Cell morphology drives spatial patterning in microbial communities.
Smith WPJ., Davit Y., Osborne JM., Kim W., Foster KR., Pitt-Francis JM.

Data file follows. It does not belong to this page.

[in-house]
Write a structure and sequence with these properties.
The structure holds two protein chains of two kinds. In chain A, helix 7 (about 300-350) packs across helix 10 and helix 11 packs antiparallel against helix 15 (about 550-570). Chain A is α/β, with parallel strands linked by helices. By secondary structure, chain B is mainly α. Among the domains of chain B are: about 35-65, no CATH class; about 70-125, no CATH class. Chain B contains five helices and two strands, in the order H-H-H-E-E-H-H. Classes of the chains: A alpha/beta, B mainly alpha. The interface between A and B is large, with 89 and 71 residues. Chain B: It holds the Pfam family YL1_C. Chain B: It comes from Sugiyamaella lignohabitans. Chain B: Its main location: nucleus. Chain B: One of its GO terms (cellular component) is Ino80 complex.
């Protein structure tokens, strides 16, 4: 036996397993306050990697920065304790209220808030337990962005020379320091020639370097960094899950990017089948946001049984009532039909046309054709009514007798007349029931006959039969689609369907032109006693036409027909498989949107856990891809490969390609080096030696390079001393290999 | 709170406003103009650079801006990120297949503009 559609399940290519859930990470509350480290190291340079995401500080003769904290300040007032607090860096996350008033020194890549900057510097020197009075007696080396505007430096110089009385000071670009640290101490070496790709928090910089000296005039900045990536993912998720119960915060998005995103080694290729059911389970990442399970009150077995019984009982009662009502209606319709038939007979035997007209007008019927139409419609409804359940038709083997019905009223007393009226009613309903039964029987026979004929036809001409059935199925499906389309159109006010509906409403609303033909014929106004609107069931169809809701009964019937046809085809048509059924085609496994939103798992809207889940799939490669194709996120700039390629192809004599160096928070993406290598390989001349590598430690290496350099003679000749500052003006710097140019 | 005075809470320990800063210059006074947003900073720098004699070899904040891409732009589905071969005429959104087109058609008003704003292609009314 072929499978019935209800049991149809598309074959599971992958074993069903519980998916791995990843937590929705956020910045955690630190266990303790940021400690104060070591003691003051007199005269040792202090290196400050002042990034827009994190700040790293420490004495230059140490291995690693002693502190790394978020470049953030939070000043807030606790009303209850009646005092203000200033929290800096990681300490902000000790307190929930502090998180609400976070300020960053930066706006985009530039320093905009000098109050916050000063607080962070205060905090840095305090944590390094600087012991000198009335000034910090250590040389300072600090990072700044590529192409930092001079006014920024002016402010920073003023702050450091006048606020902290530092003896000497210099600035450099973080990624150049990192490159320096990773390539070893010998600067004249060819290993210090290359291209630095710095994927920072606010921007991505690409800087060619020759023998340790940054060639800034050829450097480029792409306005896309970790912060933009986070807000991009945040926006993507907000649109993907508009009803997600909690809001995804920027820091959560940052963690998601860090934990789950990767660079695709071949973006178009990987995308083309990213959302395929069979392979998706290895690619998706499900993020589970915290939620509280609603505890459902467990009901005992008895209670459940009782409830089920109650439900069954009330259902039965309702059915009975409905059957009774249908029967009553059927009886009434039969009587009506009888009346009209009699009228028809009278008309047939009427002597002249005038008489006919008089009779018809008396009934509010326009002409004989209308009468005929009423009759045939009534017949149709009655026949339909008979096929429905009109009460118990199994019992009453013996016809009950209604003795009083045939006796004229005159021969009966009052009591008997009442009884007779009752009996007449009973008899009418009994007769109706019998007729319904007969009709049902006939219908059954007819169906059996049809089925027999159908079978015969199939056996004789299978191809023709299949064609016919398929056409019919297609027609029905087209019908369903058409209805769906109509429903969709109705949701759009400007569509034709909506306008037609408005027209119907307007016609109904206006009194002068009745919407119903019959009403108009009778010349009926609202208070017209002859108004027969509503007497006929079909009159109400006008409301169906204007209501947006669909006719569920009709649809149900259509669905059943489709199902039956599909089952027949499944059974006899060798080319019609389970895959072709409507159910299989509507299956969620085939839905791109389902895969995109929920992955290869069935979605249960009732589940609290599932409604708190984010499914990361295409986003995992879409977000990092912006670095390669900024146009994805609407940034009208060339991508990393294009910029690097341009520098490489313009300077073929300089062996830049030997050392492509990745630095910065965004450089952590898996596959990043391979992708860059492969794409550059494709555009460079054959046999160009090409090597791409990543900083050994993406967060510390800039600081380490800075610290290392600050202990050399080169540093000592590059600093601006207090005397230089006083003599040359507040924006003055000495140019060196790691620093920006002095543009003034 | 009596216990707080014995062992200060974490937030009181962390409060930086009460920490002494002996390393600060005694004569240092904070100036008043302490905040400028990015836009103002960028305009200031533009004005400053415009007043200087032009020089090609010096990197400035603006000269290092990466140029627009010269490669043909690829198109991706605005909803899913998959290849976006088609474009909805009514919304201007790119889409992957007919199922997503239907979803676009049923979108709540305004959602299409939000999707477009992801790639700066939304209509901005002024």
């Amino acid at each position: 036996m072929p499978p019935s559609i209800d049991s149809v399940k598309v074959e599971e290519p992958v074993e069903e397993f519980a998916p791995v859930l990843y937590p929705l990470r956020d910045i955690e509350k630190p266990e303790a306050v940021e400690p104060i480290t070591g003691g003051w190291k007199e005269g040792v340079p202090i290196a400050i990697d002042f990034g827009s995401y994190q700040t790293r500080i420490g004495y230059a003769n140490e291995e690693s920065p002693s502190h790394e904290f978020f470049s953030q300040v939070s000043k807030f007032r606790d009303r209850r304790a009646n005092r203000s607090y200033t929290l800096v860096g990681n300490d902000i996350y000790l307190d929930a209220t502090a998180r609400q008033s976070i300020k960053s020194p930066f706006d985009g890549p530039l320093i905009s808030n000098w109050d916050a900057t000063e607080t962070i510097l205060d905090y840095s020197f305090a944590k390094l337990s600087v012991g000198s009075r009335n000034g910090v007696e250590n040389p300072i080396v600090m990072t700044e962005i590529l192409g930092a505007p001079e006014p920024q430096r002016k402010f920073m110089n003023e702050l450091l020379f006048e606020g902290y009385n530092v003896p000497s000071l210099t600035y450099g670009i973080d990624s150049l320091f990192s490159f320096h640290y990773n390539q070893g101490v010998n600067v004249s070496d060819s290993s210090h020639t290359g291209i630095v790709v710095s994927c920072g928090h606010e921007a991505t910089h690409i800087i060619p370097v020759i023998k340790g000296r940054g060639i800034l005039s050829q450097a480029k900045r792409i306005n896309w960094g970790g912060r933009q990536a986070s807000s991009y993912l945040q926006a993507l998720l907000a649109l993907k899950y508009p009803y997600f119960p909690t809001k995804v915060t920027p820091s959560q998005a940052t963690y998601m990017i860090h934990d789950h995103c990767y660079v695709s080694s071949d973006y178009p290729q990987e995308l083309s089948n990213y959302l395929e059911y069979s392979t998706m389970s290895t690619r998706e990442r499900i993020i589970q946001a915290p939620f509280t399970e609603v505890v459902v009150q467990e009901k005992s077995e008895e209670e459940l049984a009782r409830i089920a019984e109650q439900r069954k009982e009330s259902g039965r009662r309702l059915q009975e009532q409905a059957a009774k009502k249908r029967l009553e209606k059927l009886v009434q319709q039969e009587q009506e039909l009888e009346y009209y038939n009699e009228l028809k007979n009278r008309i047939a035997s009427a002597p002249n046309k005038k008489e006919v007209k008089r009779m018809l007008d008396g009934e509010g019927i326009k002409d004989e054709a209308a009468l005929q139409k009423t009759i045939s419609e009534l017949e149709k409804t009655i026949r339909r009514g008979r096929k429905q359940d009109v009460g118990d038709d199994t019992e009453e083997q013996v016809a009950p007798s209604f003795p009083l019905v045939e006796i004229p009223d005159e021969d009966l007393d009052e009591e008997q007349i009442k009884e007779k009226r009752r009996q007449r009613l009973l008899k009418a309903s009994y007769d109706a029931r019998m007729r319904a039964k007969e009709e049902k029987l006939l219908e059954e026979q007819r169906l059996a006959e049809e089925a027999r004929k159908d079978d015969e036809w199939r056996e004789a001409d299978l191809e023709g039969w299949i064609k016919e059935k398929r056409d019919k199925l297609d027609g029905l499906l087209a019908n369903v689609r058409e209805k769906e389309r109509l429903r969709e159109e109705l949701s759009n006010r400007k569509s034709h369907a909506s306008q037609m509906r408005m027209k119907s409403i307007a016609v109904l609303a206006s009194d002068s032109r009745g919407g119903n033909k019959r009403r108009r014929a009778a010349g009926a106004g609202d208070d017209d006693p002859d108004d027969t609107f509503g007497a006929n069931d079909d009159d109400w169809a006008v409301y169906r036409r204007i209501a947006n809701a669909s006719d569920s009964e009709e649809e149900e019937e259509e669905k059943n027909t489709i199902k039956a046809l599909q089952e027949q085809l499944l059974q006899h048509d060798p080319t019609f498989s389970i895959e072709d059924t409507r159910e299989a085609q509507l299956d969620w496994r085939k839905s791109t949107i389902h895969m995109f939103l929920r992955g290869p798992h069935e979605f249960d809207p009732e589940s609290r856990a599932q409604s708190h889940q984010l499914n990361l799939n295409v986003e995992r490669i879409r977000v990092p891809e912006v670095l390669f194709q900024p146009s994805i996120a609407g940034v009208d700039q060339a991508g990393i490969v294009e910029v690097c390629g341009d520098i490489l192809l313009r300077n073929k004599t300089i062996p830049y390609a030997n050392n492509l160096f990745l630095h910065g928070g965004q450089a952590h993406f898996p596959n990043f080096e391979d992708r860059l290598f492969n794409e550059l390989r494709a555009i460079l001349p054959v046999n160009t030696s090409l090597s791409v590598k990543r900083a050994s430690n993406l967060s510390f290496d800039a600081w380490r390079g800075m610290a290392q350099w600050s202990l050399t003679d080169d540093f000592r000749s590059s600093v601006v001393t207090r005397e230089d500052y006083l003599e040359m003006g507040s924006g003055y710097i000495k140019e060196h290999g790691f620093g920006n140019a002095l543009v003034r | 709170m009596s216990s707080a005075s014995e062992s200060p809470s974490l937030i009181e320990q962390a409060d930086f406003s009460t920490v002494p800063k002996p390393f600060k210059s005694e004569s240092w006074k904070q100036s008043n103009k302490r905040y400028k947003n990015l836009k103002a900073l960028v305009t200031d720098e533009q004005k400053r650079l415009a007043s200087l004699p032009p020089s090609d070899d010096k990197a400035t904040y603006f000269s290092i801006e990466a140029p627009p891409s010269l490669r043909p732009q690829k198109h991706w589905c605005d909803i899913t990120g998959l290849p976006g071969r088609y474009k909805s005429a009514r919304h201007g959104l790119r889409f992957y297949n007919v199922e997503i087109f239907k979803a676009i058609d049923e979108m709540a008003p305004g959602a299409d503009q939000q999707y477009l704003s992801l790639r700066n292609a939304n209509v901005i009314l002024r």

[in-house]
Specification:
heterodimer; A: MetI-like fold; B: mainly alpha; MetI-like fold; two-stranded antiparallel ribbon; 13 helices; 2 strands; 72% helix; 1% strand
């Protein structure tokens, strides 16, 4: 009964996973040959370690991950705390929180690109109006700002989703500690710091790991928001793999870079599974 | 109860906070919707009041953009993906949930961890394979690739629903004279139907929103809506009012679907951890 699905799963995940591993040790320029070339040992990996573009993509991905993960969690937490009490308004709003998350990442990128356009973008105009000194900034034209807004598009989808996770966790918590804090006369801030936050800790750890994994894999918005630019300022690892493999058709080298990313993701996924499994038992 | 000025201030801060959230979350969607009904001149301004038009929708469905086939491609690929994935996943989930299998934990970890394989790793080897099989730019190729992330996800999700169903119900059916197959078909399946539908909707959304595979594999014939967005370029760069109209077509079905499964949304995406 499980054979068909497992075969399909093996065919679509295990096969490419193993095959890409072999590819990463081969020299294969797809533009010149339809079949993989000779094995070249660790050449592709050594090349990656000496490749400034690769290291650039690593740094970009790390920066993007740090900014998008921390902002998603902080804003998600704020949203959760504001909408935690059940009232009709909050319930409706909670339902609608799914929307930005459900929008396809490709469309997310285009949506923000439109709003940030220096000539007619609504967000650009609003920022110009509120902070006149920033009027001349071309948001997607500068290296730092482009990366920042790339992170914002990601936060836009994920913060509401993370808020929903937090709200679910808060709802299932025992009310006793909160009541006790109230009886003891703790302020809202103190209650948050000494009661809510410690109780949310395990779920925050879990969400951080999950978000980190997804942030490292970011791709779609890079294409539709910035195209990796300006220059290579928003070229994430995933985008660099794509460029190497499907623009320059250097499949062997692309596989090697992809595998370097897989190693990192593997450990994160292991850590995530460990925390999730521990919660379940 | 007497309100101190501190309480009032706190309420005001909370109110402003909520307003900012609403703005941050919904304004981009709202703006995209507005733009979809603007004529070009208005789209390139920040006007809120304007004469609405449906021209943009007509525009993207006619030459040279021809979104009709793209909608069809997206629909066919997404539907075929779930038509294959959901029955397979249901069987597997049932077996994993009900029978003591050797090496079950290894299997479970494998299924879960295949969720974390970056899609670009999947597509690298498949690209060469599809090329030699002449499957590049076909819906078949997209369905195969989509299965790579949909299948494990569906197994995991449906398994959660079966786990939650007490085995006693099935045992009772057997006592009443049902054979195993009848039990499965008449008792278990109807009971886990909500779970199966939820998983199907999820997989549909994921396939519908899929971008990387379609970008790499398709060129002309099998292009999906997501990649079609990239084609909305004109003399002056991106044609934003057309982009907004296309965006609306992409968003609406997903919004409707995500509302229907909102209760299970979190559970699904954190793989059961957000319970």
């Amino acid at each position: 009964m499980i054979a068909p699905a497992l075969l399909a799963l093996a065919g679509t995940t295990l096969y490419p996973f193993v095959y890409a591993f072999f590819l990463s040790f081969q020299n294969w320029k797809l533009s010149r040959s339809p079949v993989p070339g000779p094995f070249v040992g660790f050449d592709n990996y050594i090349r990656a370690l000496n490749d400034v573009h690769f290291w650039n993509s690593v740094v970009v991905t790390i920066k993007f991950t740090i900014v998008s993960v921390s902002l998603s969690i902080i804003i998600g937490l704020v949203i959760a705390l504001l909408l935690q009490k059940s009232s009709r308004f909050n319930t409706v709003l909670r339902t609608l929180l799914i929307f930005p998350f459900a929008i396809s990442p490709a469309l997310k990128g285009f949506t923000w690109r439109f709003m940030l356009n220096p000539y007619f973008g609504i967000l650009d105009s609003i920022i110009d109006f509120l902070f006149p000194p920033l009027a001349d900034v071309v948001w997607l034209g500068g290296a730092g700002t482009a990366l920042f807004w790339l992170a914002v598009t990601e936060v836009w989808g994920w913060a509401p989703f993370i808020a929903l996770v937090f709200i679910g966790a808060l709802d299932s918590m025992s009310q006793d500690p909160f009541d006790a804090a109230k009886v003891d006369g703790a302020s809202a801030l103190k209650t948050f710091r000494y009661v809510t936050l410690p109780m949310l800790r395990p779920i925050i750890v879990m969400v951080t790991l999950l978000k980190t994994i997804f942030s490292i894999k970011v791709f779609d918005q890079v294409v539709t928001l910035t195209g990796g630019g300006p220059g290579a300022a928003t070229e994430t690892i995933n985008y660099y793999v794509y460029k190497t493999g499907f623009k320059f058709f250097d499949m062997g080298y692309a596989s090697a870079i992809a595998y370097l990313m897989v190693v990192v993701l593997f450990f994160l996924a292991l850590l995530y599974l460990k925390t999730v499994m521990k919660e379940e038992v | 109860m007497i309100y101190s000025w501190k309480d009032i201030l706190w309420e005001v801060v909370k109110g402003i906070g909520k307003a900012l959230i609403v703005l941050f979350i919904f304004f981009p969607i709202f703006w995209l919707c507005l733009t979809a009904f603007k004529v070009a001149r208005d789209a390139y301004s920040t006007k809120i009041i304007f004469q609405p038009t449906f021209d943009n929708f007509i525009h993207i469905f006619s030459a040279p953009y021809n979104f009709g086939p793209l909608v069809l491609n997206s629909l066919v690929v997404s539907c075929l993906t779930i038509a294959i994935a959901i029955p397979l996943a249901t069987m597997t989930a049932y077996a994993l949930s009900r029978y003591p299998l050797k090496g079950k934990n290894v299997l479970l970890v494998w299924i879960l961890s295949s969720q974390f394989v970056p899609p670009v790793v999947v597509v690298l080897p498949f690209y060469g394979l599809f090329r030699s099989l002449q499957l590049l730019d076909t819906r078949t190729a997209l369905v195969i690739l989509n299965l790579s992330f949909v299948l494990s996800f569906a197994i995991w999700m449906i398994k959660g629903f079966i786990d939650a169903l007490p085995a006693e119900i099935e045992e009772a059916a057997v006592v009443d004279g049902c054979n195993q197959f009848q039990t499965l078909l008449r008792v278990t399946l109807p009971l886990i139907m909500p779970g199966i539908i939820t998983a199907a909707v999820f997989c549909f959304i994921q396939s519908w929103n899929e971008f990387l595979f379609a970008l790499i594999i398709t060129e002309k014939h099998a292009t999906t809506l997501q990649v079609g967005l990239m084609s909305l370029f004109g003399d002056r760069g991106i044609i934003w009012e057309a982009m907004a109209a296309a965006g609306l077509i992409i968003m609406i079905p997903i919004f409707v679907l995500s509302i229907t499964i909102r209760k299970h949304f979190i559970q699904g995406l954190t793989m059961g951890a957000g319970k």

The clearest phenotypic characteristic of microbial cells is their shape, but we do not understand how cell shape affects the dense communities, known as biofilms, where many microbes live. Here, we use individual-based modeling to systematically vary cell shape and study its impact in simulated communities. We compete cells with different cell morphologies under a range of conditions and ask how shape affects the patterning and evolutionary fitness of cells within a community. Our models predict that cell shape will strongly influence the fate of a cell lineage: we describe a mechanism through which coccal (round) cells rise to the upper surface of a community, leading to a strong spatial structuring that can be critical for fitness. We test our predictions experimentally using strains of Escherichia coli that grow at a similar rate but differ in cell shape due to single amino acid changes in the actin homolog MreB. As predicted by our model, cell types strongly sort by shape, with round cells at the top of the colony and rod cells dominating the basal surface and edges. Our work suggests that cell morphology has a strong impact within microbial communities and may offer new ways to engineer the structure of synthetic communities.